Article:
If you can't create a set with size aleph_316 that is smaller then the reals then what is the advantage of talking about the size of the reals as aleph_317 in the first place? You are over my head at this point.


Here's where we need to be very careful to maintain a difference between ordinals and cardinals. Cardinals measure size, as you know. Ordinals are just well-ordered sets of various lengths (called order-types), which is not quite the same. For the first question you asked, the answer is simple. aleph_316 is already defined, it is literally the 316th largest cardinality an infinite set can have, in the same way that aleph_0 is the smallest an infinite set can be, aleph_1 is the next size up, then aleph_2, and so on. So that's a perfectly well-defined cardinality for a set to have, and it doesn't matter what the elements are -- take any well-ordering of cardinality aleph_316 and there's George. It's just a set, albeit a very big one.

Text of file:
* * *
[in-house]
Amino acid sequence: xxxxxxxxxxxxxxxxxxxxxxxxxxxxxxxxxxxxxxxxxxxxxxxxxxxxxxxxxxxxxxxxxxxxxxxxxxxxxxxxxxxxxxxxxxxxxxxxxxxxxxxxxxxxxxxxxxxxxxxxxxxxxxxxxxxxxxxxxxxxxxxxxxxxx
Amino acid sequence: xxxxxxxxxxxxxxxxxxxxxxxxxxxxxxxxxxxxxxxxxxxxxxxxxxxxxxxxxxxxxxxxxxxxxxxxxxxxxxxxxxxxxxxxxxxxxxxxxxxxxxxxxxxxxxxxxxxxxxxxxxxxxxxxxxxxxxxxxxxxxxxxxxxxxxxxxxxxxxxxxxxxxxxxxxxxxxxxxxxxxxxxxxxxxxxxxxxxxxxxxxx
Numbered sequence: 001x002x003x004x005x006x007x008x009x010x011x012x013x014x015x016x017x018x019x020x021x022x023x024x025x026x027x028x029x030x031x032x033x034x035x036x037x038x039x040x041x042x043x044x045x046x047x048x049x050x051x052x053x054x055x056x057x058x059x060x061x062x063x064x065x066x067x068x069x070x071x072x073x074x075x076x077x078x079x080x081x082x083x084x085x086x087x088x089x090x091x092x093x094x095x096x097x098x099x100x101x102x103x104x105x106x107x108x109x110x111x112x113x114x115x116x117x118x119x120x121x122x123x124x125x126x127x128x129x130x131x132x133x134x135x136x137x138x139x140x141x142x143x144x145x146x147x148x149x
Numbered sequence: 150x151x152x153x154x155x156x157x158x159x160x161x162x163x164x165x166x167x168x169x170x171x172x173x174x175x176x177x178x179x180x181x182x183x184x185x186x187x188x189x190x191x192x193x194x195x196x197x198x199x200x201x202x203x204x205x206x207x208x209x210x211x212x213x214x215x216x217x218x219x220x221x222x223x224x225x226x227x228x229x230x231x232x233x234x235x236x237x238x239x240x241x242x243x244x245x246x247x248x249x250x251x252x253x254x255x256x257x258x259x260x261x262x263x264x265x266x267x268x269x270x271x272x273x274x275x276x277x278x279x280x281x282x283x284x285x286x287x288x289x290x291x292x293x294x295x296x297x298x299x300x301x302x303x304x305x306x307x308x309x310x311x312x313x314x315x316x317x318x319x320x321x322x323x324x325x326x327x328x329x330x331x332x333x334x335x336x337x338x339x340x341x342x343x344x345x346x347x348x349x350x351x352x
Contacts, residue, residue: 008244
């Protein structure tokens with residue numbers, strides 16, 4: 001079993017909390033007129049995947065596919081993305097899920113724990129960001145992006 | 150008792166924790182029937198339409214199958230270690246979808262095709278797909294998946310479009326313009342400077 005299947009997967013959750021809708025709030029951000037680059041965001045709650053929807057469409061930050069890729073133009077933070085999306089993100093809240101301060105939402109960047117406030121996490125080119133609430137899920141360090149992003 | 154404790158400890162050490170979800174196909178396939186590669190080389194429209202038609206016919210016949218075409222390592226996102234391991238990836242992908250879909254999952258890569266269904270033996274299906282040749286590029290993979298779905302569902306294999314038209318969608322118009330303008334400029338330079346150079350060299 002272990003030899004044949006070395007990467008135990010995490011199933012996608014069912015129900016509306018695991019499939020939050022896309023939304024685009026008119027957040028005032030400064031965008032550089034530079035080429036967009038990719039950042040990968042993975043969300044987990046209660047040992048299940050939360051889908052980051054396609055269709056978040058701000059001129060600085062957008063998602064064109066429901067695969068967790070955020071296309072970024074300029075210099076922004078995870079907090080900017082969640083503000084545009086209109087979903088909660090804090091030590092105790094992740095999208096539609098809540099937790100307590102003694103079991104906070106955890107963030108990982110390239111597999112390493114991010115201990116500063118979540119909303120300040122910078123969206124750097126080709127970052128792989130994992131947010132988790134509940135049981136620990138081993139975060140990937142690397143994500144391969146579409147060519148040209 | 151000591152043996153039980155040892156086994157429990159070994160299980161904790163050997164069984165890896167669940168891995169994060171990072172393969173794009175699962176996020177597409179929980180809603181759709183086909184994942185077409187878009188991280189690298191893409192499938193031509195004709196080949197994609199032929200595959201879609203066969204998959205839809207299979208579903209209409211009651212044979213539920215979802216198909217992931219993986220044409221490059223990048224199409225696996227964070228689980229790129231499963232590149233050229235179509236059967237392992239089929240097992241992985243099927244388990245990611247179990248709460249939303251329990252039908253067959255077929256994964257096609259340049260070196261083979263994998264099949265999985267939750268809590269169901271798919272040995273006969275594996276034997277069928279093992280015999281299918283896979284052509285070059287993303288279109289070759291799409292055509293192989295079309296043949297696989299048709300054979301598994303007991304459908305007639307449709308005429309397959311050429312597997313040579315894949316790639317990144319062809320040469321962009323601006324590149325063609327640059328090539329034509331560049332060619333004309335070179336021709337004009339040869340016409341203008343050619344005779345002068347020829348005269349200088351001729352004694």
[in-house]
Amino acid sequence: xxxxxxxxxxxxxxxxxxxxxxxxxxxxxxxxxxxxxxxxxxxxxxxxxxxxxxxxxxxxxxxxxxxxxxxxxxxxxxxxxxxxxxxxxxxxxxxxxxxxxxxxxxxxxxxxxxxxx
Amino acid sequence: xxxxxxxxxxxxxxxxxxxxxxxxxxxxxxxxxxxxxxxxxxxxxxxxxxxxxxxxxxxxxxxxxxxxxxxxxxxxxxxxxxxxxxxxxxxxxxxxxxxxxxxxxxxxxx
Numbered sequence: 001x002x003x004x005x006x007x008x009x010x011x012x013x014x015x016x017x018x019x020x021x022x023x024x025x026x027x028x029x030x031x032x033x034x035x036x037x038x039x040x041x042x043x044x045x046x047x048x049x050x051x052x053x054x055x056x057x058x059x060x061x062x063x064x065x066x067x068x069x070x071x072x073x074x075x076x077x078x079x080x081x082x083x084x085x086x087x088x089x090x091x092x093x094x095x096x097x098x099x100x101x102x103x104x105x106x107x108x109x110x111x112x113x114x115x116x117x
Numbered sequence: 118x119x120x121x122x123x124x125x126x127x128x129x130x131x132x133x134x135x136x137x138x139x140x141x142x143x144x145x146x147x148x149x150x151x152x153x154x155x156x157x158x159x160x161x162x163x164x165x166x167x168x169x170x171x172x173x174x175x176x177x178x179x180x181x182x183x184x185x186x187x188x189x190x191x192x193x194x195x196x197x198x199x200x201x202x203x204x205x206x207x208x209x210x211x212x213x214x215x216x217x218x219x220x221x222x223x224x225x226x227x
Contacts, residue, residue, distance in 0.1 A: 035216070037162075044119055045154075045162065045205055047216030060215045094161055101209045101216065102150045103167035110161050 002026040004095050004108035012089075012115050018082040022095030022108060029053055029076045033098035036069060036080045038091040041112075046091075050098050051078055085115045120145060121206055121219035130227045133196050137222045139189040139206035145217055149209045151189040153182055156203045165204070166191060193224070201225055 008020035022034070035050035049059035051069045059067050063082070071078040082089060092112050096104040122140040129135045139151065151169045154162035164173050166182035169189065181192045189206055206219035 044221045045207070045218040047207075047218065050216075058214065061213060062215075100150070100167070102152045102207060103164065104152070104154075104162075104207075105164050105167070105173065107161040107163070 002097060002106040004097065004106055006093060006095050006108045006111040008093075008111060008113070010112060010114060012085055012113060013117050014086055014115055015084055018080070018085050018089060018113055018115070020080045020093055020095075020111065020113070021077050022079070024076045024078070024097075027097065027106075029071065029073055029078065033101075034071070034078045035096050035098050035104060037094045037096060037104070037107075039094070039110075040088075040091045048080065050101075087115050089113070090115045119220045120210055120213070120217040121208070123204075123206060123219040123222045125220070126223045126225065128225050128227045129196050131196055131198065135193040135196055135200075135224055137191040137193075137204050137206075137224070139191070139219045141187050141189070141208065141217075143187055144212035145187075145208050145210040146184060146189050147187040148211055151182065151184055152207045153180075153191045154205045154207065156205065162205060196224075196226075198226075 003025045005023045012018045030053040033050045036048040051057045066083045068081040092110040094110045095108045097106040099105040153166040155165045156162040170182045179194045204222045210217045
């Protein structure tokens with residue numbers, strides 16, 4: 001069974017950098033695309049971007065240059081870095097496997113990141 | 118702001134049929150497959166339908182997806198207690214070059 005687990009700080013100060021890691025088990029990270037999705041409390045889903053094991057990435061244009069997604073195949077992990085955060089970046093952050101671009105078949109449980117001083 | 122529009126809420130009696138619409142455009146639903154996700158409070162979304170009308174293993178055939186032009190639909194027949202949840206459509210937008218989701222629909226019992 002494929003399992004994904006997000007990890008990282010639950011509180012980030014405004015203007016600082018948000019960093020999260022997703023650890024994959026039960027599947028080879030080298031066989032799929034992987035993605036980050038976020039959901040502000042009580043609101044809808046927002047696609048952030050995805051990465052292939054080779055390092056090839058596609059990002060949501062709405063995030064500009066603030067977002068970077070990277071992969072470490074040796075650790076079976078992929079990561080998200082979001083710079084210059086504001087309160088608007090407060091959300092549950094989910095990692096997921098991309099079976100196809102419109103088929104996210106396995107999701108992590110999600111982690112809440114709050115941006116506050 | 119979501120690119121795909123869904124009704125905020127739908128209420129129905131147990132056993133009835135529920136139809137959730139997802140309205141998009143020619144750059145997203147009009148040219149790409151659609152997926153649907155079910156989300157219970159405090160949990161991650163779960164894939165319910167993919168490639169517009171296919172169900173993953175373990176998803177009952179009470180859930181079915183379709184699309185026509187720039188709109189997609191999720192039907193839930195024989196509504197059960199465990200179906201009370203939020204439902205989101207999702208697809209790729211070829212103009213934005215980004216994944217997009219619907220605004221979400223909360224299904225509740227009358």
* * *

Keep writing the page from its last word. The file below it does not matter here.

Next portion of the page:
I'm glad you asked your next question, what the heck happens to George in ZFC+CH... Your misconception is that you're asking "what size is this set" when you need to be asking "what size does this model say this set is?". When you vary the axioms you're working with (for example by accepting/rejecting CH), you're working in a different system, with different provable truths/falsehoods. Our old model, without CH, could prove the statement "reals have size 2^aleph_0, which is aleph_317, and george has size aleph_316." With CH, those sizes actually just collapse. Our new model proves "reals have size 2^aleph_0, which is aleph_1, and george has size aleph_0." Imagine all the ordinals laid out in a line, starting with 0 and extending infinitely far to the right. Notice that no matter what model we're working in, huge swaths of those ordinals are clumped together as having the same cardinality. (More on this in the answer to your next question). There are all the finite numbers, followed by all the countable ordinals (which all have size aleph_0), followed by omega_1, and then all the uncountable ordinals forever. Our first model essentially broke up the countable ordinals into lots of different cardinalities (316 of them), and then said okay, that's all the countable guys, omega_1 is the next size up, at aleph_317. Our second model said no, all those countable guys are the same size, they're all just aleph_0, but as soon as I hit uncountable guys they're clearly a larger cardinality, so omega_1 has size aleph_1.